The routes of these races change from year to year, so each year gets a different color arrow indicating the route. The year before, they had used blue arrows, and this year would be white. Everything was going well until we found ourselves descending a long, gradual descent towards a small town. There was only one problem: we were alone. Really alone. We had been riding more or less alone most of the race, but we saw other riders regularly. This was different. No one else was on the road. We got into town and followed the white arrows through centre ville. We were starting to wonder where everyone was when I spotted Stephen Roche’s name painted on the street. Roche had retired in ’93 and had not raced the 1994 edition of LBL, so it was highly suspect that his name would be painted on the road. I stopped my dad and explained. We pulled out the course pamphlet and finally realized that we had been following blue arrows – blue arrows that had paled to nearly white during a full year in the elements – along the previous year’s route. We now had a 50km long gradual climb back to the route. By the time we were back on course, we had made a 100km detour.
The route from Liege to Bastogne is rolling but fairly easy, without very many of the short, steep Cotes that litter the route back from Bastogne to Liege. This is where the real racing happens. We were behind schedule and had picked up the pace to make up time. I vividly remember sitting on my dad’s wheel and watching, helplessly, as his wheel started to pull away from me and my legs refused to raise the tempo. Up until then, I hadn’t felt tired in the least. In fact, I was going very well and didn’t think I was tired at all. But then the Man with the Hammer came along and bopped me on the head, and I was finished. I remember catching up to my dad who was rolling along waiting, wondering what had happened to me and whose expression was somewhere between disbelief that I had been dropped and horror at what that meant for the rest of the ride.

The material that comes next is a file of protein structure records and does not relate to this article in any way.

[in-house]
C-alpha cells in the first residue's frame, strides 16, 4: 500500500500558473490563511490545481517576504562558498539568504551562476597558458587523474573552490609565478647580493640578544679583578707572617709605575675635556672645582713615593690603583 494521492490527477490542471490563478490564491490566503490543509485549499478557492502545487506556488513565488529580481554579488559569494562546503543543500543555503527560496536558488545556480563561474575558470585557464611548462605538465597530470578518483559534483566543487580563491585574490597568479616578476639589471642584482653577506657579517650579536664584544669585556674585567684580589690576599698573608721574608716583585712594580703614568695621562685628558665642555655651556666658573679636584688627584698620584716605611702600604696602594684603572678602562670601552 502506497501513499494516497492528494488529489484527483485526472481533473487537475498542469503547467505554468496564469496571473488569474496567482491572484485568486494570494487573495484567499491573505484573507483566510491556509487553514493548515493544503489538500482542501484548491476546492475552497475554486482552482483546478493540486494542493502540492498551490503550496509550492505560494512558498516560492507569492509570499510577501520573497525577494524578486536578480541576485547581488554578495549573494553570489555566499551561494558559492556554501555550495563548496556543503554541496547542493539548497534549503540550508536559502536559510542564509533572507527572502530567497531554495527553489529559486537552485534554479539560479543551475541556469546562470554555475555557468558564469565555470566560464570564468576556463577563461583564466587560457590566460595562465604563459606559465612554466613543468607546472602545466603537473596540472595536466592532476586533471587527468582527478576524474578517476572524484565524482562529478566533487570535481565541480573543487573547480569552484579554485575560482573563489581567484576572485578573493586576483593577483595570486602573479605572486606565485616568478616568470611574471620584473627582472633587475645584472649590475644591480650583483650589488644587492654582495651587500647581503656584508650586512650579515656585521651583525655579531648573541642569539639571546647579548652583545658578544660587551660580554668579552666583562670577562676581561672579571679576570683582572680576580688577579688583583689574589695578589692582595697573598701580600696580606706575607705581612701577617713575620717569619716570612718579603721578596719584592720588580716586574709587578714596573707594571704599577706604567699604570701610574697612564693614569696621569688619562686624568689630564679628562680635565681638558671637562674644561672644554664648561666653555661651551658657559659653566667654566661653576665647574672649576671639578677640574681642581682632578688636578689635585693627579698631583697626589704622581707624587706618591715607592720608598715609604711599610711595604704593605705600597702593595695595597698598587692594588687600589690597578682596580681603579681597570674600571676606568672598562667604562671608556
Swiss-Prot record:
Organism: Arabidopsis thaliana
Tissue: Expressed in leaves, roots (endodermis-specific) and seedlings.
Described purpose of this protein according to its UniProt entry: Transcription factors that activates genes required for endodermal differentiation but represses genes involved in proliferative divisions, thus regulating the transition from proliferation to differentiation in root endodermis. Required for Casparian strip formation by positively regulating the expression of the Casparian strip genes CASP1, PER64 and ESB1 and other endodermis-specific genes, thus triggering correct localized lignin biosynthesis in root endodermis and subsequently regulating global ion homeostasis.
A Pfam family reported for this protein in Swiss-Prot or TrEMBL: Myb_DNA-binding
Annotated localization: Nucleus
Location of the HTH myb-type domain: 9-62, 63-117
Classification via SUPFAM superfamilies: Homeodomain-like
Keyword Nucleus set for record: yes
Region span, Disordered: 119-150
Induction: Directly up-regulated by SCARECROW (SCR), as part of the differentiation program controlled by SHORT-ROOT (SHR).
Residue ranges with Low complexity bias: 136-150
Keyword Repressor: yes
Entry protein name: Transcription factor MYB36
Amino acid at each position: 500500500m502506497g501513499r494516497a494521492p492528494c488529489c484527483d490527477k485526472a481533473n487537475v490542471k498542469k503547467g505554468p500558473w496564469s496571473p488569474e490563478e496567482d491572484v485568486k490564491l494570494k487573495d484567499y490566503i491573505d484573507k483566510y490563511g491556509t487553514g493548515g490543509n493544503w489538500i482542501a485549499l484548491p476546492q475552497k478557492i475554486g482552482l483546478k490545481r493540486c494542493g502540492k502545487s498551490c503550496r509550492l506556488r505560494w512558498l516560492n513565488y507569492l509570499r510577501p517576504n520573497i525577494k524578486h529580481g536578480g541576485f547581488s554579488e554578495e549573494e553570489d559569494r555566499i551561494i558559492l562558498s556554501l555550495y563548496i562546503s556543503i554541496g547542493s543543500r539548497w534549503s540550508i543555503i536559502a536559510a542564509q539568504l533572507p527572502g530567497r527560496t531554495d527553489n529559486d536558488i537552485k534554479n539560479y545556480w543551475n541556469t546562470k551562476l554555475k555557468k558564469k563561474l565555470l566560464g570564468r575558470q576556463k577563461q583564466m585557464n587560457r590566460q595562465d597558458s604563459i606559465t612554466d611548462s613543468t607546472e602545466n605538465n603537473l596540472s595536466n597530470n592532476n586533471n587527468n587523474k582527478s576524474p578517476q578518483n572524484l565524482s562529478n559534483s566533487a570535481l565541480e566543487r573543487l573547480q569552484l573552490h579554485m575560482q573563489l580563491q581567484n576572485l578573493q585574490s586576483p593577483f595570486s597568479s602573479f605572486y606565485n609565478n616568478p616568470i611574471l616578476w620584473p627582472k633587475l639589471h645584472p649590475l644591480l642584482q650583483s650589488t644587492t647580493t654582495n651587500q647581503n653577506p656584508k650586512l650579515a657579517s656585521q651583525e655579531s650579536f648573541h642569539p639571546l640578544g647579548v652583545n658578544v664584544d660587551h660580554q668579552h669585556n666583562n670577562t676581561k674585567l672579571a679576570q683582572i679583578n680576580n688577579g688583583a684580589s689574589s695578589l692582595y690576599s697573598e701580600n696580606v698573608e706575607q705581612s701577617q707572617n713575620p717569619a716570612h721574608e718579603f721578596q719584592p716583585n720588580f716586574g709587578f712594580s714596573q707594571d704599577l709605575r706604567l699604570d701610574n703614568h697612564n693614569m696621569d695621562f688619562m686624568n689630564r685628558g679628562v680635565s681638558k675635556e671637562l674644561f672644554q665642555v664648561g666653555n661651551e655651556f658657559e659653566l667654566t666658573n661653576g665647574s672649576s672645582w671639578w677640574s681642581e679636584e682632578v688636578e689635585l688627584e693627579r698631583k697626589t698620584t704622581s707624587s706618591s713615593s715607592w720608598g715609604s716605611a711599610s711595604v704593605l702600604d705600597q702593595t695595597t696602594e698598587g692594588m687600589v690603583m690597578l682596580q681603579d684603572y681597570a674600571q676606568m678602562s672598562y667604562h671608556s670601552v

“Did you have to stop to pee?”, he asked, hopefully.
“I don’t know what happened, but I can’t go anymore. I’m completely empty. How far is it?”
“Well, about 140km. I think we need a plan.”
That plan turned out to be fritte. We stopped at a cafe on the roadside and ate loads of them. And, finally, some life came back into my legs.
The funny thing is that I don’t remember the climb out past the dam. We just got back on our bikes and rode. I remember some of the famous climbs – La Radoute, St. Nicolaas – but the climb out of the valley doesn’t register in my memory, despite the fact that I sat starting at it for the better part of a half hour.
I was tired the rest of the way back to Liege, but as we got onto the last 10km or so of the ride, I was so thrilled to be riding on the roads my heroes had raced just weeks before that the pain left my body and was replaced with excitement. Even now, when I watch LBL, I can still smell the rain on the street and feel the rhythm of the turns.
By the time we got back to our hotel, we had ridden 390km and over 4000m vertical that day; the LBL route was about 270km. Come to think of it, were it not for the detour, I would have timed my bonk almost perfectly, with only 10 or 20km to go. Everyone knows that’s a great time to bonk, so I feel pretty good about that.
The next day we got back on our bikes and rode back to Holland. I don’t remember much of the ride back, but I will never forget that day on the streets of the Queen of the Classics – just Paps and me, and our bikes.